- The Washington Times - Tuesday, December 11, 2001

A somber gray day, the last brown leaves stubbornly clinging to bare trees, and miles of white grave markers were the backdrop yesterday for the burial of America's first casualty in the war in Afghanistan.
CIA officer Johnny Micheal "Mike" Spann was called an "American hero" as he was buried with full military honors in Arlington National Cemetery. Officer Spann was killed by Taliban and al Qaeda fighters in a prison riot last month.
"From his earliest days, Mike not only knew what was right, he worked to do what was right," CIA Director George J. Tenet told relatives, colleagues and friends of the officer, who had been a captain in the Marines.
"It was in the quest for right that Mike, at his country's call, went to Afghanistan. To that place of danger and terror he sought to bring justice and freedom and to our nation he sought to bring a still greater measure of strength and security."
Shannon Spann, the officer's widow, solemnly cradled her baby son as she sat in front of the coffin draped in an American flag. The widow trembled as she attempted to speak from the heart, she said, "before I remembered it was broken."
"I want to tell you my husband is a hero," she said. "Mike is a hero, not because of the way he died, but because of the way he lived."
Retired Capt. Spann, 32, was a paramilitary officer with the CIA's Special Activities Division and was in Afghanistan six weeks when he was shot to death by prisoners rioting Nov. 25 at a Taliban prison in Mazar-e-Sharif. He was at the prison interviewing Taliban and al Qaeda fighters captured nearby in Kunduz, a former Taliban stronghold.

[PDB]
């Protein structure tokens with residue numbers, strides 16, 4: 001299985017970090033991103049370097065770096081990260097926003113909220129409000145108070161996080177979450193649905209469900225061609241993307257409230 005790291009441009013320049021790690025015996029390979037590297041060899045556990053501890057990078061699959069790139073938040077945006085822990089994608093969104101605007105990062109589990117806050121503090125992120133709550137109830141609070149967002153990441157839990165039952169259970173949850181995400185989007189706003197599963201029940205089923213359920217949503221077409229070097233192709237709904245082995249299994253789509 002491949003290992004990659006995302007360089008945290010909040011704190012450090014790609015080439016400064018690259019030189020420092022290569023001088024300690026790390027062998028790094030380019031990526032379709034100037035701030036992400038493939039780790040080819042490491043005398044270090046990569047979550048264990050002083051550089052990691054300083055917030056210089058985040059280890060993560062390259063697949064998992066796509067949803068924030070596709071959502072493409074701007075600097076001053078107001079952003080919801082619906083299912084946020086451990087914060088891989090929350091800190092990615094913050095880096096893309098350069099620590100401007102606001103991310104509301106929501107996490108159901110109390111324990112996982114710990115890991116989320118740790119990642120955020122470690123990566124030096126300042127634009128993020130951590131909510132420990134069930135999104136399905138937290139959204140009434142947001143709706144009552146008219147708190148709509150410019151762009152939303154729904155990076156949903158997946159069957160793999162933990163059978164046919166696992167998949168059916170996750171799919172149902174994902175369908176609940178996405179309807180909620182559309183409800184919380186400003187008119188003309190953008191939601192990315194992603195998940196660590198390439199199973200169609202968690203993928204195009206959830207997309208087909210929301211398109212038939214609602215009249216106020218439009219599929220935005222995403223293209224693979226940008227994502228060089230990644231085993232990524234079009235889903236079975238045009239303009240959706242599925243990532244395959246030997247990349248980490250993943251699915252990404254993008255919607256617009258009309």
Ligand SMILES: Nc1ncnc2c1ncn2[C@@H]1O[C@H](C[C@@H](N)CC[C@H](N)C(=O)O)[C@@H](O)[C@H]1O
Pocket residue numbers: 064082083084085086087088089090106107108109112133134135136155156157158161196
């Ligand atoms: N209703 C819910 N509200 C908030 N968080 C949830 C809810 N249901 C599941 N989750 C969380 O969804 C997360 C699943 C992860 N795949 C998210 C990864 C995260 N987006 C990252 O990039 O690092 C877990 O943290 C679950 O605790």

Raised in tiny Winfield, Ala., Mike Spann played football at Winfield City High School before graduating in 1987. He majored in criminal justice at Auburn University, joining the Marine Corps after graduation and becoming a captain of artillery. He left the Marines in June 1999, joined the CIA's Directorate of Operations and moved to Manassas Park.
The length of Capt. Spann's military service did not qualify him for burial at Arlington, but his family's request for a waiver was approved by President Bush.
Yesterday's gray chill matched the faces of the 100 or so mourners trailing the horse-drawn wagon, which halted at grave No. 2359. As his wife, and two young daughters from a former marriage, took their places, the Marine band played a dirge.
After Mr. Tenet and Mrs. Spann spoke, the seven-member honor guard fired three shots and the band played taps. Marines removed the flag draped over the casket, folded it with precision and presented it to the widow.
The CIA will hold a private service for Capt. Spann today. A memorial service was held for him in Winfield, Ala., last week.
Eight other Americans, all military personnel, have died in the military action in Afghanistan. Three Green Berets were killed by friendly fire near Kandahar. Four U.S. personnel died in accidents, including a helicopter crash, and a fifth committed suicide.
The three soldiers, who were killed when a U.S. bomb missed its target, were memorialized yesterday at Fort Campbell, Ky. They were Master Sgt. Jefferson "Donnie" Davis, 39, of Watauga, Tenn.; Staff Sgt. Brian Cody Prosser, 28, of Frazier Park, Calif.; and Sgt. 1st Class Daniel Petithory, 32, of Cheshire, Mass.
The CIA has been working covertly with the U.S. military in Afghanistan, providing weapons, money and intelligence to rebel groups opposing the Taliban and interrogating captured fighters.
Capt. Spann is the 79th CIA employee to die in the line of duty, and his star will join the others on the wall of the agency headquarters' lobby in Virginia.
That is small comfort to his widow.
Yesterday she read from daily letters to her husband that went unsent and unread:
"The house is quiet and I am speaking to my favorite person," Mrs. Spann wrote in October. "I miss you so much, especially in the evening. I can't wait until we are all together. So, my dear, now I shall go to bed a lucky girl, dwell in the happiness of being yours, and pray for your safe return."
But her optimism was not to be rewarded.
"Semper fi, my love," she said yesterday as the ceremony ended.
This article is based in part on wire service reports.

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